The chief executive of housing charity Shelter has blamed a lack of social housing for the rising number of homeless people in the UK.
Research by the charity suggests there are 320,000 homeless people in the UK, a 4% increase from last year.
Some 170,000 of those are in London, with the borough of Newham having the highest incidence of homelessness in the UK - one in 24 people there are in insecure housing.
Chief executive Polly Neate told Julia Hartley-Brewer that rough sleepers were the “tip of the iceberg”, and their study also included people without a stable home.
“What we mean is people in temporary accommodation, for example, they might be families in bed and breakfasts, or people who are in hostels. People who are denied a safe home,” Ms Neate said.
“The biggest cause of homelessness is eviction from a private tenancy - the rules around how you can be evicted are pretty lax.
“Tenants don’t have enough rights in the system. That’s coupled with other factors - we’re also seeing the impact of welfare reform; people simply don’t have the money they used to have, or we get the well-publicised delays with people starting on Universal Credit.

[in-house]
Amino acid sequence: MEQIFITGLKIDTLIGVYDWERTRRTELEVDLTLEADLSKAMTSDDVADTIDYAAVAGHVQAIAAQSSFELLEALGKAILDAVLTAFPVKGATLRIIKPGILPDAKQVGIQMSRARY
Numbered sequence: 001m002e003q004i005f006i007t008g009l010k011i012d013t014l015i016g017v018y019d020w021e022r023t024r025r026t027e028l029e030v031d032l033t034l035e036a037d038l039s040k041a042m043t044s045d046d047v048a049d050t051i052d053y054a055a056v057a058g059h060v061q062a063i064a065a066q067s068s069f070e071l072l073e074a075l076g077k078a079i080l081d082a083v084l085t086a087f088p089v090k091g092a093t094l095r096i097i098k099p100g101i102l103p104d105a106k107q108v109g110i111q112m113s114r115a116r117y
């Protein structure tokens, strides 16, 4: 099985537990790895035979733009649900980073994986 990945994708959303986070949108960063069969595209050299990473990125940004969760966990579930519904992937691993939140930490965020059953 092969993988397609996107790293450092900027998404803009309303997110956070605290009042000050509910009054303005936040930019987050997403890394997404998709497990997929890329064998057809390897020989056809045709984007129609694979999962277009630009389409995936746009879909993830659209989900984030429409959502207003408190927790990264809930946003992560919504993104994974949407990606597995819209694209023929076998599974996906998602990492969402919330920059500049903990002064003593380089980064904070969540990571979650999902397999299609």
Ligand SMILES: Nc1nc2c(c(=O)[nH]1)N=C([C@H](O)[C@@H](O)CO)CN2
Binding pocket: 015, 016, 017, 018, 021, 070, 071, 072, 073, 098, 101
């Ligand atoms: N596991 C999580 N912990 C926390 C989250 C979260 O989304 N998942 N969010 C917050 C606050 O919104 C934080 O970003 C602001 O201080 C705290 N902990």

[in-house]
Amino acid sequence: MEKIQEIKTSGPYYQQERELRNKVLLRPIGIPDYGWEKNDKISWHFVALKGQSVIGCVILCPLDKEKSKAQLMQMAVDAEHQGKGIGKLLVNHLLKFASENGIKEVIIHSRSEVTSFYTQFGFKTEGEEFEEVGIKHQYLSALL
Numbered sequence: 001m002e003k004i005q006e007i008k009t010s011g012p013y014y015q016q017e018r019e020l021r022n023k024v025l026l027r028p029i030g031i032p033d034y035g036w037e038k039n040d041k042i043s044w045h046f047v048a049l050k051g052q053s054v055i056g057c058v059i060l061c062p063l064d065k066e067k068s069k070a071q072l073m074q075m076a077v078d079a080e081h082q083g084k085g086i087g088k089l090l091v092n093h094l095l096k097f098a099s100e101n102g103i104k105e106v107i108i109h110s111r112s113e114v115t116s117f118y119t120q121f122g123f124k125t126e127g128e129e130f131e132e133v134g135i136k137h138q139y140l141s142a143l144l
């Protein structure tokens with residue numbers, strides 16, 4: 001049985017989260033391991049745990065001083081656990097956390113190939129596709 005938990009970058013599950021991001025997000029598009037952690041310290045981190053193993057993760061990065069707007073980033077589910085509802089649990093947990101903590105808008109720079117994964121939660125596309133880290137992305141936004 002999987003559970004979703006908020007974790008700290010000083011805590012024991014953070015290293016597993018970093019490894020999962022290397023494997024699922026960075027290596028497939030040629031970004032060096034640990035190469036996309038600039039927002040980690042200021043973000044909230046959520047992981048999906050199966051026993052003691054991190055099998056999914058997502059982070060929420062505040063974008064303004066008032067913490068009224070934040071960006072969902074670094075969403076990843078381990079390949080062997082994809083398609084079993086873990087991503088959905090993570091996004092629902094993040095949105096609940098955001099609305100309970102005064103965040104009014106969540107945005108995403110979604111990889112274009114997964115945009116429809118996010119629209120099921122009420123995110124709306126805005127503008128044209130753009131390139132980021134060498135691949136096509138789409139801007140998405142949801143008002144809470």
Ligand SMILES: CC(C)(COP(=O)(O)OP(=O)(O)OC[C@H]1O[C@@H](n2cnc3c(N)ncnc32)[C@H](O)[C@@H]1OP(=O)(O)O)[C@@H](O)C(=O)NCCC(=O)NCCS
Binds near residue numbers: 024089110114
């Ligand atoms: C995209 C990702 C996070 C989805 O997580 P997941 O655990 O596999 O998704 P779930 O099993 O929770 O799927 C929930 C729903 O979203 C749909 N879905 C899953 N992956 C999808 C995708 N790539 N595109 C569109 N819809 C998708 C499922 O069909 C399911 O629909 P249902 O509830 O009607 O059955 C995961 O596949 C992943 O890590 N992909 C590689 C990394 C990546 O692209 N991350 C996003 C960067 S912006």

“The real root of this is the lack of social housing. We’re seeing the lowest amount of council housing built since the Second World War, and we’ve got 1.2 million people on council housing waiting lists.”
'The system is broken'
Government statistics show that just over 30,000 new social homes were provided in 2008-2009, but this fell to just 5,380 in 2016-2017.
Hartley-Brewer questioned whether the rising number of homeless people was down to councils not fulfilling their obligations.
“Councils aren’t helping - they’re requiring tenants to wait until they’re evicted before they help. Isn’t it a failure by local councils to do the job in a timely way?” she asked.
“We can sometimes get people housed by advocating with them to their local authorities,” said Ms Neate.
“We do need to remind councils of their obligations. It is important to say that councils are stuck between a rock and a hard place.
“Because of the lack of social housing, they’re ploughing millions of pounds into unsuitable temporary accommodation.
“The system is completely broken.”
She added: “A safe home is a fundamental human need and should be a right, and we’re a long way from that happening.”